Sunday, March 3, 2013


“You have sown much, and bring in little; You eat, but do not have enough; You drink, but you are not filled with drink; You clothe yourselves, but no one is warm; And he who earns wages, Earns wages to put into a bag with holes.”

Thus says the LORD of hosts: “Consider your ways!
Haggi Chapter 1: 6-7

I don’t write about compulsive buying very often. It is not a problem that has plagued me or the people I know. At least no one I know is willing to admit they have such a problem. In 7 Money Habits That Can Make of Break You, Todd Tesidder puts forth the proposition that problems with debt are often habits deeply rooted in emotional difficulties. It is difficult for me to accept this notion when applied to financial issues even though I know it applies to my problems with diet and weight. Once again, I am reminded of the importance of mercy in our dealings with ourselves and with others.

Tesidder offers a simple test to determine if you’re an emotional spender:

•Do you use shopping to relieve stress or escape boredom?
•Do you use shopping as a pick-me-up or entertainment?
•Do you celebrate by shopping for a treat?
•Do you ever shop as a form of “retail therapy?”
•Do you use shopping for social connection?
•Do you have clothes in the closet with the tags still attached?
•Do you have more than one of the same item?
•Is your credit card bill so large that you can’t afford to pay it off at the end of the month?
•Do you ever feel an endorphin rush when making a purchase?
•Do you experience anxiety, guilt, or remorse after shopping?
•Do you ever hide purchases from friends or loved ones?

He suggests that if you answer yes to two or more of these questions you have an emotional problem with shopping that is really a kind of addiction. By the way, if applied to diet, I answer four of these questions with a yes. Gambling, shopping, and sex all produce an endorphin rush that can become psychologically addictive. Any time we are addicted to a behavior we are not fully in control of our lives. Depending on the severity of the problem we may only need to consciously postpone the unwanted behavior until it is appropriate or we might need to be in counseling and/or a support group.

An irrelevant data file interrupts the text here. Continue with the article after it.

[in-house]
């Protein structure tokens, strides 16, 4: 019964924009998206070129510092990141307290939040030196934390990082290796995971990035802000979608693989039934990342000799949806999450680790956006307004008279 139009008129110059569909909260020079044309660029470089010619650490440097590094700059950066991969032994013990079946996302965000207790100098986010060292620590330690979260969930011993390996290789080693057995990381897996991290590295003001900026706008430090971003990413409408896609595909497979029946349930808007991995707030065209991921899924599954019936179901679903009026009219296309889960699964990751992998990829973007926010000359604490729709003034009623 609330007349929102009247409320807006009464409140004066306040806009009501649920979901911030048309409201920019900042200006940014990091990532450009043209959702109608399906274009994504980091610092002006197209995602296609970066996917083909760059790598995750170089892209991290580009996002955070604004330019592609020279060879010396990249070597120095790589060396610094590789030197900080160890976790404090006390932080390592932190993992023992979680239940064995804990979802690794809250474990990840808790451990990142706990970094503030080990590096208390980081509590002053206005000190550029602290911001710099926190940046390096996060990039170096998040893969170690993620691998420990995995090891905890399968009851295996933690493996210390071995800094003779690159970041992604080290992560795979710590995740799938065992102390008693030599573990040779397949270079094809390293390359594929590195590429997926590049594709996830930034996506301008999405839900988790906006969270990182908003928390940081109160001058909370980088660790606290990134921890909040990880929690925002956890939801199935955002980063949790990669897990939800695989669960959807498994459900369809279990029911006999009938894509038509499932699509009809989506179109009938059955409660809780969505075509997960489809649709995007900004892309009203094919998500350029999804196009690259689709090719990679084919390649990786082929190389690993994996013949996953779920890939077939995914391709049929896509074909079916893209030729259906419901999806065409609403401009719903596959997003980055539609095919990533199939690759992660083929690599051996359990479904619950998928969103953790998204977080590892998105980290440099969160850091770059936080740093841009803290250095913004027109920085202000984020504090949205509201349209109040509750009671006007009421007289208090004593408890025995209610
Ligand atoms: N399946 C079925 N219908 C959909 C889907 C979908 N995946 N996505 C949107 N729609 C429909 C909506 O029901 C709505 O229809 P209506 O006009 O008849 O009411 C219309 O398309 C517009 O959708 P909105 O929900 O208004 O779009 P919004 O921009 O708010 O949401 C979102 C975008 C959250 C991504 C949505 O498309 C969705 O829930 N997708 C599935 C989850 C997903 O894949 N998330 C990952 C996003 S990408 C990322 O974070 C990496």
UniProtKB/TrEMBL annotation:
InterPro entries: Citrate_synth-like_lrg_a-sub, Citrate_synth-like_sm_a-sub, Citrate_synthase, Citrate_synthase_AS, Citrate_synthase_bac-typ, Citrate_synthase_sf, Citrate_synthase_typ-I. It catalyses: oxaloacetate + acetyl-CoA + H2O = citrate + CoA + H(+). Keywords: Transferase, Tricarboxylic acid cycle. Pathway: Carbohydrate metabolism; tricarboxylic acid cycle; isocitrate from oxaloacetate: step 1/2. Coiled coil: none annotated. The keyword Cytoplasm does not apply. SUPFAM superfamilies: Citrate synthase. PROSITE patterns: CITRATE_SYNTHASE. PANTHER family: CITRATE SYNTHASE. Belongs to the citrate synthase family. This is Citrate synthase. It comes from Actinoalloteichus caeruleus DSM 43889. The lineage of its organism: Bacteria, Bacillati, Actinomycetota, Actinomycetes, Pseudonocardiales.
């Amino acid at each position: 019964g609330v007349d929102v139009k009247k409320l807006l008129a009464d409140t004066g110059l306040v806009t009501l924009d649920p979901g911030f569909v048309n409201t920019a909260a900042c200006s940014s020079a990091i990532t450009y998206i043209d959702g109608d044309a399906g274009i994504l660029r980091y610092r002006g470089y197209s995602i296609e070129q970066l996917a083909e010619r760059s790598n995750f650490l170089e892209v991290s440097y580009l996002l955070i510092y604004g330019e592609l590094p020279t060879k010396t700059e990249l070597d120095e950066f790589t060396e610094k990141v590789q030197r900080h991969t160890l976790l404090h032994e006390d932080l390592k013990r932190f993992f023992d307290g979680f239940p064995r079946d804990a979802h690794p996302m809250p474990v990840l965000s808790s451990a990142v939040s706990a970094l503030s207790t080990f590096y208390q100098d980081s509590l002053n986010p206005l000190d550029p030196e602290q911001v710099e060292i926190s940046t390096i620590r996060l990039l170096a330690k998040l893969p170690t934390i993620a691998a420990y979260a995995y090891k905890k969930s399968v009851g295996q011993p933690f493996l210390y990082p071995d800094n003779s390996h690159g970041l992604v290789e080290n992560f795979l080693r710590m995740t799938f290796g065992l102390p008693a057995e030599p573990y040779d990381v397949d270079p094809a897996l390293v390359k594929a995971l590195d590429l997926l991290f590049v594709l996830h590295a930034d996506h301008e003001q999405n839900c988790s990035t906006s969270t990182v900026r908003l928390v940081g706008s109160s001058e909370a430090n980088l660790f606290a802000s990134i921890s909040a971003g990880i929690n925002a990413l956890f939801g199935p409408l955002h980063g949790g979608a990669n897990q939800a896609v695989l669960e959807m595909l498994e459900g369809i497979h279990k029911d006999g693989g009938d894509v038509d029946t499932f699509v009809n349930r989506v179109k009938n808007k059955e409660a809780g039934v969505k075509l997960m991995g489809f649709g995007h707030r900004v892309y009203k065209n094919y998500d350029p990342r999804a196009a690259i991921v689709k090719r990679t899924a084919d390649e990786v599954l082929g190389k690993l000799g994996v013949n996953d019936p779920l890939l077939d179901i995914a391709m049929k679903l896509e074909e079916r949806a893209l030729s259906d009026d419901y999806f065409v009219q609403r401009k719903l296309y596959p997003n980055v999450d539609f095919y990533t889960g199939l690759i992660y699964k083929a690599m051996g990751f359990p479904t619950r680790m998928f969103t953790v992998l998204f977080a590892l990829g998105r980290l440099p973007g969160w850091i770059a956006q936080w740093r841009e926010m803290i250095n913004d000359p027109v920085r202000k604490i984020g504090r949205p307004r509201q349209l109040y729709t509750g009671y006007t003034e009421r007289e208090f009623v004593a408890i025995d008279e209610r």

There are also powerful cultural drivers encouraging irresponsible spending and debt slavery. Advertisers, as well as well as the spirit of the age, tells us we deserve it all just because we are alive. The notion of entitlement is a powerful drug. “Everybody else is doing it,” is an excuse that begins in childhood. If my neighbor has the latest smart phone or an expensive SUV then I must deserve to have one too, even if I can’t afford it. No, you are entitled to buy what you can reasonably afford. This year it might be a 10 year old Honda Accord that costs $3,000. Fifteen years from now when you can pay cash, go ahead and reward yourself with that BMW. A desire for instance gratification based on the notion that I am entitled to whatever I want is a recipe for disaster. Don’t list to the siren song of the credit card companies and their allies.

Your self worth is not defined by your possessions. If I owned a Porsche 911 Turbo or a Ferrari Berlinetta I would still just be me. Wherever you go, there you are. Although I certainly recommend appropriate dress, especially in the workplace, ultimately clothes do not make the woman. What is on the inside makes the woman.

Escaping debt is no different than dealing with any other problem. First of all you must admit you have a problem. Complacency or its near kin, despair, will not help. Then make a plan. In this case the plan is called a monthly budget. Right now, in this present moment start to take action. Procrastination and good intentions don’t help.

In my case that means walking a 2.5 mile loop around my little town even if the weather is crummy and I am not in the mood.

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